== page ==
Erick Swenson’s Untitled, 2000 depicts a dramatic scene in which a seamlessly crafted, meticulously hand-painted figure resembling a dog or fawn is being swept upward from the ground by a billowing red and black cape hooked to its tail. The small, pale animal bares its teeth, adding tension to the moment, yet the story behind this strange event is undisclosed. Swenson’s scenes are the result of a hybrid of influences, including animation, movie stage sets, and natural history dioramas. The connection to dioramas is an intriguing one, because as is frequently the case with them, Swenson’s work is made to look remarkably realistic and is viewed in the round in a museum setting. Swenson mimics the naturalistic execution of dioramas, but he does so in order to create fantastic scenes.
Swenson’s main formal device—how he distributes the weight of his forms, which are created with rubber and polyurethane—is an important aspect of the surreal quality of his image. He has connected the cape and the animal to create a fluid and rudimentary S curve, a traditional compositional device used by artists to move the viewer’s eye though a work of art. The heaviness of the cape, as it moves up toward the ceiling, is visually much stronger than that of the frail figure beneath it, which looks like an oversized porcelain figurine. Yet the entire piece comes to rest on the animal’s small hoof, making its overall feeling and appearance precarious.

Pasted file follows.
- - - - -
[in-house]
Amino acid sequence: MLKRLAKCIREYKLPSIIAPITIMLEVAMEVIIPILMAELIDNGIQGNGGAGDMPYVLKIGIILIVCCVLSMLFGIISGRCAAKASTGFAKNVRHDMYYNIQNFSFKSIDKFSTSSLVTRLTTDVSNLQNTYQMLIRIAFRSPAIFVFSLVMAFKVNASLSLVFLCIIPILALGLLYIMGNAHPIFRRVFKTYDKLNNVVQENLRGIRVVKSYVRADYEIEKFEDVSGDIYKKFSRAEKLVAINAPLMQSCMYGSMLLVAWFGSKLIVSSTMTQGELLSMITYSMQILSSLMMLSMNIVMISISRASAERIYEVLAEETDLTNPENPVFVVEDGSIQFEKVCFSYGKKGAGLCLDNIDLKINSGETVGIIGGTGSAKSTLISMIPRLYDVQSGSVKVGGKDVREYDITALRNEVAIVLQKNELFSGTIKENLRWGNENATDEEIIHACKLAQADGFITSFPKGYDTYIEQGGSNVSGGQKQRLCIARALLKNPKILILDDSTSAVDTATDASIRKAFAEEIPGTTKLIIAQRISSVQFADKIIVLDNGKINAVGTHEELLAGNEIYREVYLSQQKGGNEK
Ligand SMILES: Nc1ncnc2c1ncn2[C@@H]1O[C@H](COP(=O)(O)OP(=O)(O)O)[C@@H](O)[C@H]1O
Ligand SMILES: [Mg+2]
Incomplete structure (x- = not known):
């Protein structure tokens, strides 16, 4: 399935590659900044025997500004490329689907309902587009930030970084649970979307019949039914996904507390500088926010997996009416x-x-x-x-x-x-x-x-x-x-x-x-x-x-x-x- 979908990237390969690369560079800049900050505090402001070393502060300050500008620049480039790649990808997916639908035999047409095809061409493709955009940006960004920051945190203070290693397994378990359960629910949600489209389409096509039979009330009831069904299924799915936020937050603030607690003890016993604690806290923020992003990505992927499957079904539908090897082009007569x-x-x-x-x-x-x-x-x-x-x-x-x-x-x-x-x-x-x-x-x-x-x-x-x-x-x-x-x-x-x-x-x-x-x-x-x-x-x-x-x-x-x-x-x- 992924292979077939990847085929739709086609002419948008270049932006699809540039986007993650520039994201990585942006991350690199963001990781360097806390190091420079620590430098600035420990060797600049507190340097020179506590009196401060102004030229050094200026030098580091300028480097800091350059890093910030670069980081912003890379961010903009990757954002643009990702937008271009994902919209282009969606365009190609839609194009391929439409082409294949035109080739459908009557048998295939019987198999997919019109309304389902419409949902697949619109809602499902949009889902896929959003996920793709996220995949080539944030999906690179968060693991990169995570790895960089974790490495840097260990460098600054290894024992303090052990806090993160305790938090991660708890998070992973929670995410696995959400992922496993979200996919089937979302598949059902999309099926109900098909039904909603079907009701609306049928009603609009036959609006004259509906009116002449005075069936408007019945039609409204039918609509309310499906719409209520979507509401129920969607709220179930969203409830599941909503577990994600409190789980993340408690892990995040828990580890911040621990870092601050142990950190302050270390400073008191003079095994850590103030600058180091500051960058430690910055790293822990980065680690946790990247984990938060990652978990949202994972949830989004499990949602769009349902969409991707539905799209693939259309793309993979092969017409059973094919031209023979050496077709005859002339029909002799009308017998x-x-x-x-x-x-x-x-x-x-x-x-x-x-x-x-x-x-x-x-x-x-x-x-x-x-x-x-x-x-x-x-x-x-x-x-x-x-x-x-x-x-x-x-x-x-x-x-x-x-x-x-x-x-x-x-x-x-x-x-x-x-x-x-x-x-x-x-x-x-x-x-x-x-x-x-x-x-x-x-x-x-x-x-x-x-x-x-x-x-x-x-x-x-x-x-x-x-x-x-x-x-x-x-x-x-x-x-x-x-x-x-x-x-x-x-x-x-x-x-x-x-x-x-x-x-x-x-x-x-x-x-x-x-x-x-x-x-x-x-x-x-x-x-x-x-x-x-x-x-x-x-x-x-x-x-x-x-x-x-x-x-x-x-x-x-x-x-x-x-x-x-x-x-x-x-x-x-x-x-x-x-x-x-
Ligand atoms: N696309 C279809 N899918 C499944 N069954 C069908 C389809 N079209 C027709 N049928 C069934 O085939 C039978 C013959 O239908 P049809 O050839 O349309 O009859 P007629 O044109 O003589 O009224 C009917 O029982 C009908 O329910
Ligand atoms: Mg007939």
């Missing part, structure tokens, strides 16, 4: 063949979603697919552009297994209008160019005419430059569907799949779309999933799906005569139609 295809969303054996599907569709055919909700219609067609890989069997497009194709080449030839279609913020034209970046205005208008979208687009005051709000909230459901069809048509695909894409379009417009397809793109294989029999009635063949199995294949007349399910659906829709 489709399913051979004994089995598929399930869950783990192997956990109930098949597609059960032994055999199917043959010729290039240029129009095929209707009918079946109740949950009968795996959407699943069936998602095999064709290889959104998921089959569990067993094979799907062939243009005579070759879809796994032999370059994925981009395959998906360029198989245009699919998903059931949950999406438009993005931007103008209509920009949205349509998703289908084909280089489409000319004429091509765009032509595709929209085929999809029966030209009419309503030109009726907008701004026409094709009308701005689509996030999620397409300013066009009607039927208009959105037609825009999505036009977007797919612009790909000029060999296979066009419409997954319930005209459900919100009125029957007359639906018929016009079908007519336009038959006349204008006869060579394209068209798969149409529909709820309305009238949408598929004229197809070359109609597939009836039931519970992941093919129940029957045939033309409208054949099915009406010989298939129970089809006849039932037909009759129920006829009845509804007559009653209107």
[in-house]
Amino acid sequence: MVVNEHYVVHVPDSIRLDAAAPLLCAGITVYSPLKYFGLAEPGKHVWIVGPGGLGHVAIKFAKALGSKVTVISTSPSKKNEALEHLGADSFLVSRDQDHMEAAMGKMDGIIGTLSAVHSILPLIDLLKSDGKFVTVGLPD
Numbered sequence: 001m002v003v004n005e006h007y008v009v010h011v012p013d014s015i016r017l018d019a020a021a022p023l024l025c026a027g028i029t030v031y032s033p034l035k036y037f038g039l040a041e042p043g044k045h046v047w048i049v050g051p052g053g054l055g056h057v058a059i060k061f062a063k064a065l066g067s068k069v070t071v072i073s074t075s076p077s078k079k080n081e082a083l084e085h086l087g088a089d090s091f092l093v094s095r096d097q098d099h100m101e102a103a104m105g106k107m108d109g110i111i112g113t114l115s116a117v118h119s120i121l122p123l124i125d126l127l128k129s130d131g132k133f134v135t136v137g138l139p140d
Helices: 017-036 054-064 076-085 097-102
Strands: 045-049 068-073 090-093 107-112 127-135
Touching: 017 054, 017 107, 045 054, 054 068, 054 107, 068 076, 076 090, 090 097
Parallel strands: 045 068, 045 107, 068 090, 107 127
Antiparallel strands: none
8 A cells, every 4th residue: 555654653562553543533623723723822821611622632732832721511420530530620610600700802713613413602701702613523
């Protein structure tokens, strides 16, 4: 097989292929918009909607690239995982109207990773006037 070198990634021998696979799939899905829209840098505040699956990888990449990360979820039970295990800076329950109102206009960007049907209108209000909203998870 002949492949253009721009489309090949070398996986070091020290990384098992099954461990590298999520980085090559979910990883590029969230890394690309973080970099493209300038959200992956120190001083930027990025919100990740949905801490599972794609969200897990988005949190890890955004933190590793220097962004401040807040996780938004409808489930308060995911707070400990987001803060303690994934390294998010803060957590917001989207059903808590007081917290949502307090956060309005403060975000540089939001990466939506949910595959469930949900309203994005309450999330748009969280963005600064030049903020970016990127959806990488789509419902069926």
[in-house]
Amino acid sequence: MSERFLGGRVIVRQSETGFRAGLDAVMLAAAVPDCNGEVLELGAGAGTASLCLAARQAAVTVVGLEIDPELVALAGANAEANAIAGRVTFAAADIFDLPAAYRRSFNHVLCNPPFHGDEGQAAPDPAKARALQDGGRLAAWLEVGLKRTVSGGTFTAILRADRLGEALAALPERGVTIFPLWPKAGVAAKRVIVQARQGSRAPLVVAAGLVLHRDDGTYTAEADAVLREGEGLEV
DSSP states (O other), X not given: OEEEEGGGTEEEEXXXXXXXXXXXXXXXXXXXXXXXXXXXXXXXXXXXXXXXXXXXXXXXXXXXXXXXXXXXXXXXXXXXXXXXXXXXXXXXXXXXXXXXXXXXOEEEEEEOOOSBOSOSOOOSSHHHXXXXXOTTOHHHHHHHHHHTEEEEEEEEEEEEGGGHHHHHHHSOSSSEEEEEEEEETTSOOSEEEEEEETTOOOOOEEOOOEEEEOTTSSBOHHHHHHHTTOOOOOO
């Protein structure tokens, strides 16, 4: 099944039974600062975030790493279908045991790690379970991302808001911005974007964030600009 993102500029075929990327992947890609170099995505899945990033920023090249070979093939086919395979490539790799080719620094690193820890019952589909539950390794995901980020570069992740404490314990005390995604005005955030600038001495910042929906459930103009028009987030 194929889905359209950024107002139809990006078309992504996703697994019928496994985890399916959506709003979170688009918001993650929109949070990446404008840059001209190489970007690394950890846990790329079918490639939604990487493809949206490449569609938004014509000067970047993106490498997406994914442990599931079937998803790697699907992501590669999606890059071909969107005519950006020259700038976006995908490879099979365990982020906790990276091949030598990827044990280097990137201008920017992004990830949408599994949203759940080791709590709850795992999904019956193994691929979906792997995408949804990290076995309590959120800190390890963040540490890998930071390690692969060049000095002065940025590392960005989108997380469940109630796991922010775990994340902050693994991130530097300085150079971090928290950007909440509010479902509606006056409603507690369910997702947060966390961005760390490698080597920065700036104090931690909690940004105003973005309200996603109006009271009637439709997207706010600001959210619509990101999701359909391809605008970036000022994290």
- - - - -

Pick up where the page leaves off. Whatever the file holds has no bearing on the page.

In Untitled the illusion of movement and physicality is seen in the cape, but the source of its power—whether it be the wind, a person, an apparition—is absent from the scene. Unlike a natural history diorama, there is no set storyline to explain the action taking place in the work. Instead, a number of dichotomies exist: the scene is in an art museum, rather than a natural history museum; the figure is fantastical and animal-like, but exhibits human qualities; the piece is frozen, but it conveys dramatic movement; it is made of plastic, but its textures and details look naturalistic.
Untitled leaves us to piece together a narrative based on a few visual clues that conjure up various associations. The three thin leather straps, for example, that are attached to the animal’s neck and hind legs accentuate its delicacy, but they could also be read as a designer accessory, dog collar, or symbol of bondage. The animal could be perceived as wild, but the straps might suggest domestication. The cape is another part of the piece that carries wide-ranging connotations. It is commonly associated with magic, but its implications extend to such opposite poles as Dracula and Little Red Riding Hood. In Swenson’s stripped down but impeccable illusionism, the story is unresolved, but strangely familiar.